RSS, or Really Simple Syndication, has revolutionized the way people get information from the Web. Subscribe to an RSS feed, and you no longer need to manually scan pages to spot what’s changed on your favorite Web site. Instead, the feed shows you what’s new or updated.
Most Web sites use the RSS data format to provide easy access to their stories. You can view feeds using a Web browser that supports them (such as Safari 2.0 or Firefox), or a special
which offers additional features for retrieving and displaying news and articles. You can even use some online services to organize your feeds and read them on any computer.
Get Started with Safari
You’ve already got a built-in RSS reader—Safari. If a Web site offers an RSS feed, the browser shows an RSS icon in its address bar. Click on this icon to see the feed within the browser window. To read an article, click on its headline or the Read More link to jump to its Web page. If you’re looking for something in particular, you can search for keywords in all available articles. To return to the normal Web view, just click on the blue RSS icon in the address bar, and you’ll go back to the Web page you were originally viewing.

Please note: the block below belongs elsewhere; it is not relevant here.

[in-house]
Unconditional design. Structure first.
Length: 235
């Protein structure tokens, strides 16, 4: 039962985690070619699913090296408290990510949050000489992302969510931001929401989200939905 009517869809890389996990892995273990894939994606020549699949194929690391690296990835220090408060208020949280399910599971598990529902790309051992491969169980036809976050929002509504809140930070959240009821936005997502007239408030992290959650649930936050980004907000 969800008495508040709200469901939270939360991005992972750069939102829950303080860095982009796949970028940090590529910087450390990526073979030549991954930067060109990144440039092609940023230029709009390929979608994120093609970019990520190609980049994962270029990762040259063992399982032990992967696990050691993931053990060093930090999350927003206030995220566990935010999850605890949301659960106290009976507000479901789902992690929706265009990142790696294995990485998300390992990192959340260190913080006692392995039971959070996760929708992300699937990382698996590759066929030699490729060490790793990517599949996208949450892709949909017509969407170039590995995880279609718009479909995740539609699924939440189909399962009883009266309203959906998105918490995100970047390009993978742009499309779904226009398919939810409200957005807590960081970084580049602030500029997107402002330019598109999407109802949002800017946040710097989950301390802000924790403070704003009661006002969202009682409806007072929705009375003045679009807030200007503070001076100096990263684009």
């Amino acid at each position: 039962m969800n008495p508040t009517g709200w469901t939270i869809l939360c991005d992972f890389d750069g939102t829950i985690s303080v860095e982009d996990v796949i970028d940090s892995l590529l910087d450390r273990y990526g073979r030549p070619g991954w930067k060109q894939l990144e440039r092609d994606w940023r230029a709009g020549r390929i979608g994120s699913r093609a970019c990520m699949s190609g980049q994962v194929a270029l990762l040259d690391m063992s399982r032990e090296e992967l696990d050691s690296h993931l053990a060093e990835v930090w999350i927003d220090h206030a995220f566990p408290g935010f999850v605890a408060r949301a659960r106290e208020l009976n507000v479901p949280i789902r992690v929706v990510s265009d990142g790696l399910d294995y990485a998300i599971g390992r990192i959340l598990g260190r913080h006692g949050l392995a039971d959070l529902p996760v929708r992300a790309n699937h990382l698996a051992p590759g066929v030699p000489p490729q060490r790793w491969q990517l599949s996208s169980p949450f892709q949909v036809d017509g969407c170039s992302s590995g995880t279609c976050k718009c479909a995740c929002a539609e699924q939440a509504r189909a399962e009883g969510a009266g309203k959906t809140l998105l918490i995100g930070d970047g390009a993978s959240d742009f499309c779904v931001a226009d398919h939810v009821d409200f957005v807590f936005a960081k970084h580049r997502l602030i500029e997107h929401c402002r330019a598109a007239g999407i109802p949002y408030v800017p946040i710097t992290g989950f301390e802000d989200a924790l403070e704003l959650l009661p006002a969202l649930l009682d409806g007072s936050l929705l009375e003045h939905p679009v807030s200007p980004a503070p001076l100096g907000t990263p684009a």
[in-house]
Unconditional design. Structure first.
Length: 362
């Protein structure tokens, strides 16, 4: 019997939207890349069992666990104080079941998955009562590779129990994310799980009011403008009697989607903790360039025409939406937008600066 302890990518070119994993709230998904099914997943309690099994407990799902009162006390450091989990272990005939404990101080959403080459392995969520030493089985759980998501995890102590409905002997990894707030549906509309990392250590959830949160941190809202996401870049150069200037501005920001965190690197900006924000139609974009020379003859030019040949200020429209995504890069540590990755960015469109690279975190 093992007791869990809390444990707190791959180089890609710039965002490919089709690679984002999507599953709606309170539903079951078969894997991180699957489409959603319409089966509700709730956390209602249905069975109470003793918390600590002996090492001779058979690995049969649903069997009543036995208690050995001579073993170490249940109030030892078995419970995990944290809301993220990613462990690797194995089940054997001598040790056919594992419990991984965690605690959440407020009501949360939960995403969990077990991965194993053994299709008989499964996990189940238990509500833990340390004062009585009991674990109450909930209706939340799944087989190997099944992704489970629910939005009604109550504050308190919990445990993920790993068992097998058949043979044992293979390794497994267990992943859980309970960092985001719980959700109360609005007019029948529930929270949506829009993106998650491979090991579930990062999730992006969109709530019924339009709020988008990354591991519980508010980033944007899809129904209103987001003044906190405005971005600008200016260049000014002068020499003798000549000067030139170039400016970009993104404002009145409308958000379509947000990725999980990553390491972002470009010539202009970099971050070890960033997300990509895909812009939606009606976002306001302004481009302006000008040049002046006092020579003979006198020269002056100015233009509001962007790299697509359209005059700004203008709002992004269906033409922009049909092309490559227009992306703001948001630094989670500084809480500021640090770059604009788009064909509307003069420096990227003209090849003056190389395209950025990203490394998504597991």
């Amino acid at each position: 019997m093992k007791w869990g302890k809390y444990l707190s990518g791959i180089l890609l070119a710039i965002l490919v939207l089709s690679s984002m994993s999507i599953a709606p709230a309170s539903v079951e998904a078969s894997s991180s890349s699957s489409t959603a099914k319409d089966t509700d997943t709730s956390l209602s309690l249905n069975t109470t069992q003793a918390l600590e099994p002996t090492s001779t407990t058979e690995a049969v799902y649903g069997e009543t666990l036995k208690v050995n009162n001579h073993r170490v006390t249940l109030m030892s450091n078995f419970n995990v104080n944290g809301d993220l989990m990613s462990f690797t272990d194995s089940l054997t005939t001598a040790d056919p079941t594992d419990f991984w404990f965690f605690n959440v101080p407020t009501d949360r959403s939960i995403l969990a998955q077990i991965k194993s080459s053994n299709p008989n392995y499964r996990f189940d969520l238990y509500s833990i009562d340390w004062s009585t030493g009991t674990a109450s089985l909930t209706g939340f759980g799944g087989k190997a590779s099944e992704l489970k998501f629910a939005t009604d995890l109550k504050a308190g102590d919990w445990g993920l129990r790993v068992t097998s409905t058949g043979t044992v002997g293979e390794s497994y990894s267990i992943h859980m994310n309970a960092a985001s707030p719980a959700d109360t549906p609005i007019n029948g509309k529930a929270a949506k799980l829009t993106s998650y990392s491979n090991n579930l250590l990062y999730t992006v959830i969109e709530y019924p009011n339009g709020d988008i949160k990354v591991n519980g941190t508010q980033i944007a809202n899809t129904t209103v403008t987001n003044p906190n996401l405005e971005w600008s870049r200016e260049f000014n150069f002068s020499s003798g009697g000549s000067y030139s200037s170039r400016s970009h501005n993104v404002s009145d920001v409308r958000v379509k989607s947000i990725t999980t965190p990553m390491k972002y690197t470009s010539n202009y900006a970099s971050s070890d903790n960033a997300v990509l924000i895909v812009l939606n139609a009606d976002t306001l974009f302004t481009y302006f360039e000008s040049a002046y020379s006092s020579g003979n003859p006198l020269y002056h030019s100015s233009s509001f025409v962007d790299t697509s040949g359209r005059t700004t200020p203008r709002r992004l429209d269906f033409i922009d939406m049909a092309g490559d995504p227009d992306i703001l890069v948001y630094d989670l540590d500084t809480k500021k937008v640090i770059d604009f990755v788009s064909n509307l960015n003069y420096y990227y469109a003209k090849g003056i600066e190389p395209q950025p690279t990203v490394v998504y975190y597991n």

Use a Dedicated Reader
What if you have dozens or even hundreds of RSS feeds you want to monitor? There are plenty of dedicated RSS readers to pick from—for example, NewsGator’s free
NetNewsWire Lite 2.1
), David Watanabe’s $19
), and Graham Parks’s free
). (Disclaimer: Mac Publishing has a business relationship with NewsGator.)
All allow you to subscribe to feeds, organize them, and read them in a two- or three-pane interface, similar to that of Apple’s Mail. They update your feeds automatically, and some offer powerful search functions.
If you decide to use an RSS reader, you’ll need to tell your system. In Safari, choose Safari: Preferences and click on the RSS tab. From the Default RSS Reader pop-up menu, select the program you want to use. In Firefox, choose Firefox: Preferences and click on Feeds. Choose the Subscribe To The Feed Using option, and select your reader from the list.
Kirk McElhearn has authored and coauthored a dozen Mac books. His Web site,
Kirkville, has an RSS feed.